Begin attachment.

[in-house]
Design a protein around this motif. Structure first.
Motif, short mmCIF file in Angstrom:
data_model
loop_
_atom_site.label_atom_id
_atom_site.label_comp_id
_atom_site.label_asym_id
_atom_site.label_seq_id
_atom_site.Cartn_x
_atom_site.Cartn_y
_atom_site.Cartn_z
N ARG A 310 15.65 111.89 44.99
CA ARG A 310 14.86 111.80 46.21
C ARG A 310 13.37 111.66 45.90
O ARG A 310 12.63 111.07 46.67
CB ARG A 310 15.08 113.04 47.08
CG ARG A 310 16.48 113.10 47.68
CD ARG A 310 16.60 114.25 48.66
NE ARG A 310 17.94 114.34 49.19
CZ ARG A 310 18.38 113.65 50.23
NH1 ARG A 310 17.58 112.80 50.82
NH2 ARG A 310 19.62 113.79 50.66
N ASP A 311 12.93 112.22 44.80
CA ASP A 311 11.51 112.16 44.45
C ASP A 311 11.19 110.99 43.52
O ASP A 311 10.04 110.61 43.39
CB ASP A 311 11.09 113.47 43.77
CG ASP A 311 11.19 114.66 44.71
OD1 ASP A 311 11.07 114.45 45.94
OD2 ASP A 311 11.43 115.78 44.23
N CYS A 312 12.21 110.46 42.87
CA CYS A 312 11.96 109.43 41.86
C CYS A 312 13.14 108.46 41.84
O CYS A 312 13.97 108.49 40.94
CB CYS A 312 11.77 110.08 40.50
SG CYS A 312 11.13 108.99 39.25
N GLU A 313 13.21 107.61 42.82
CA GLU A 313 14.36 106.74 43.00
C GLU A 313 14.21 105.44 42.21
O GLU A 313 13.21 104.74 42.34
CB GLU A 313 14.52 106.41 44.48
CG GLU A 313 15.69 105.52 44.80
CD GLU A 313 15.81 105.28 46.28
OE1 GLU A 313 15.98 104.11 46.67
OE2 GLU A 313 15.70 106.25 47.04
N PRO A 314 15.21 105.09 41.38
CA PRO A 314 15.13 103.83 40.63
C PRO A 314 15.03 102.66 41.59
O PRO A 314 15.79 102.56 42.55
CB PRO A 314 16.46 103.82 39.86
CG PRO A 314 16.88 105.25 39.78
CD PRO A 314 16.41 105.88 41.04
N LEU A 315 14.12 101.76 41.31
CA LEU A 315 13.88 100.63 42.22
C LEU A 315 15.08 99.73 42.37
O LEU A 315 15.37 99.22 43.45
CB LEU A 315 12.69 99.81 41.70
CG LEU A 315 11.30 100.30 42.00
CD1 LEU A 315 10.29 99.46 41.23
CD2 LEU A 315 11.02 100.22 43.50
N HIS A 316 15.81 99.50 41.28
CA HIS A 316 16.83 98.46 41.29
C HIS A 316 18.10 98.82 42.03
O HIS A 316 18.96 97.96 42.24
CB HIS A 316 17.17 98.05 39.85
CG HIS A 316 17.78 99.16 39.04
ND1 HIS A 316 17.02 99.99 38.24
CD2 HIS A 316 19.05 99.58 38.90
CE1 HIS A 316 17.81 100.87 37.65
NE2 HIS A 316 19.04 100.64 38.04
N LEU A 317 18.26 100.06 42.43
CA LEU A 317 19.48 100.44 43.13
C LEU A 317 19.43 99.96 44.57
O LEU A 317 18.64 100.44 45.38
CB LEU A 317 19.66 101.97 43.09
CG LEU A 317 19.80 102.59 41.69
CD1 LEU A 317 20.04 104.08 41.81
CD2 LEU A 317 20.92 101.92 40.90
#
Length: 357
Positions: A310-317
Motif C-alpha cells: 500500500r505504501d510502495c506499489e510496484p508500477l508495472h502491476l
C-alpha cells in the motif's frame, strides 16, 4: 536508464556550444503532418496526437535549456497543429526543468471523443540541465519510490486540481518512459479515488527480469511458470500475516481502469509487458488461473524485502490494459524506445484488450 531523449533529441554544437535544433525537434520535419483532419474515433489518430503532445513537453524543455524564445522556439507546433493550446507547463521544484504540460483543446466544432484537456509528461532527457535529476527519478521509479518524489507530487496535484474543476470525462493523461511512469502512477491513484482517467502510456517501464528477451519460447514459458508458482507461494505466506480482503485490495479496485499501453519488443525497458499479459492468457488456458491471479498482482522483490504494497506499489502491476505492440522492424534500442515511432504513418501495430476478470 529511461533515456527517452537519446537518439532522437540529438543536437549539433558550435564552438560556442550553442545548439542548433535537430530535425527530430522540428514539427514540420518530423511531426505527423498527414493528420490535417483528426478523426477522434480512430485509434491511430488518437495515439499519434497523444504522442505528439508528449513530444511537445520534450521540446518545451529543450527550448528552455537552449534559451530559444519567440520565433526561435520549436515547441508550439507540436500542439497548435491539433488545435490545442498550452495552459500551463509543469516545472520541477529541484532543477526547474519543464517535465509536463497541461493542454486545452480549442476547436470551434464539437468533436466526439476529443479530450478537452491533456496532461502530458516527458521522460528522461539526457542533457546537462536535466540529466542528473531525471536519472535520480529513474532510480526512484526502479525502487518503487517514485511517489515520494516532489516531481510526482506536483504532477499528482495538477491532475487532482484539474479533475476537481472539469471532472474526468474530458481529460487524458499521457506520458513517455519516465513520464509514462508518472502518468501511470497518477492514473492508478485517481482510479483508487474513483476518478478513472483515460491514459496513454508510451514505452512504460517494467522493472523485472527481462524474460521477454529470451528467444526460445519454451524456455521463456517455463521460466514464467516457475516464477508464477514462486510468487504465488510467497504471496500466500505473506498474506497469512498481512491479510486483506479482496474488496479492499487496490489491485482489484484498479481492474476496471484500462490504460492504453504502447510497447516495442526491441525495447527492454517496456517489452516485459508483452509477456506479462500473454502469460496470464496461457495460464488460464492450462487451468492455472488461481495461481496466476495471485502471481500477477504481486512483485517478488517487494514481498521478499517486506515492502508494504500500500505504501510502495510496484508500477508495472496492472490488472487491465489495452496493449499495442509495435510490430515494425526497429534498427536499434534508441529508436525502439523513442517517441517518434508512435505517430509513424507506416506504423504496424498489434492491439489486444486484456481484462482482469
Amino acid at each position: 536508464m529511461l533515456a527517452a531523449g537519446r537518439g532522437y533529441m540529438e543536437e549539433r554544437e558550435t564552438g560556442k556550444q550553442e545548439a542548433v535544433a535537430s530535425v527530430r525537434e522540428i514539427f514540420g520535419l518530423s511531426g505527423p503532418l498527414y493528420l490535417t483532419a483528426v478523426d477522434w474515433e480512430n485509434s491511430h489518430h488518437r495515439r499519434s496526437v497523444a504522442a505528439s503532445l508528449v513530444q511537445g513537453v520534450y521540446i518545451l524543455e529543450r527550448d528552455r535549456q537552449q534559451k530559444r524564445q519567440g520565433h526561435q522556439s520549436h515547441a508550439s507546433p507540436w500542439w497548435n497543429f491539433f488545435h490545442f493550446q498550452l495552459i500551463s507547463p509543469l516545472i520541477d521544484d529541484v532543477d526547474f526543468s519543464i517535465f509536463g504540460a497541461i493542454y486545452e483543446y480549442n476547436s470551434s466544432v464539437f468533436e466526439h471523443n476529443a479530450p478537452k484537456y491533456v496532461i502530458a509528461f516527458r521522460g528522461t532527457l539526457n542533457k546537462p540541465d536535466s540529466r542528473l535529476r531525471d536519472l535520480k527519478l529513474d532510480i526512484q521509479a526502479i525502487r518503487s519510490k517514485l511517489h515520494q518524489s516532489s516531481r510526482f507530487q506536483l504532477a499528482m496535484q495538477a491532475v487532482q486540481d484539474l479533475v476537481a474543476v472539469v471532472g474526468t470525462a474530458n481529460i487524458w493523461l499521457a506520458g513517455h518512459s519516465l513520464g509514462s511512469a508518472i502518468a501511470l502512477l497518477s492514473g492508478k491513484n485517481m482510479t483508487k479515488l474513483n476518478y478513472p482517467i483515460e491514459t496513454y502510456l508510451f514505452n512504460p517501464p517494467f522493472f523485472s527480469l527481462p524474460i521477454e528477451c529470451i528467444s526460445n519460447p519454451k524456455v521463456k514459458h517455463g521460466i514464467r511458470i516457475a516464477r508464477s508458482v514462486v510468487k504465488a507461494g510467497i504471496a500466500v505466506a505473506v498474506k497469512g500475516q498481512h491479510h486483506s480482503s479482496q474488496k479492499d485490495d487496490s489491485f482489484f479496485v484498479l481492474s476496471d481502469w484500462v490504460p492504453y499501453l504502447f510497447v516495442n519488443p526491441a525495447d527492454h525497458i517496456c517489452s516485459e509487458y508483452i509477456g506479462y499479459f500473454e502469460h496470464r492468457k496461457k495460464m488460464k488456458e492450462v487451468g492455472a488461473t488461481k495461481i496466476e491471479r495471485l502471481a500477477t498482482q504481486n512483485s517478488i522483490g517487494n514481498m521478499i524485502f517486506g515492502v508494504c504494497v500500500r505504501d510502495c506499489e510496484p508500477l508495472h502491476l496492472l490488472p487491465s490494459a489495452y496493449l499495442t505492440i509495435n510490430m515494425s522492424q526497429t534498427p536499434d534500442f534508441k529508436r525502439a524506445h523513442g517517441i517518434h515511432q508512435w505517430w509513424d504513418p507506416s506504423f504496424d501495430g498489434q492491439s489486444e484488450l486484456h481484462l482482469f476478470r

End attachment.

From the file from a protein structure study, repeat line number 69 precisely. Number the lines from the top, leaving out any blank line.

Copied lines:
CD2 HIS A 316 19.05 99.58 38.90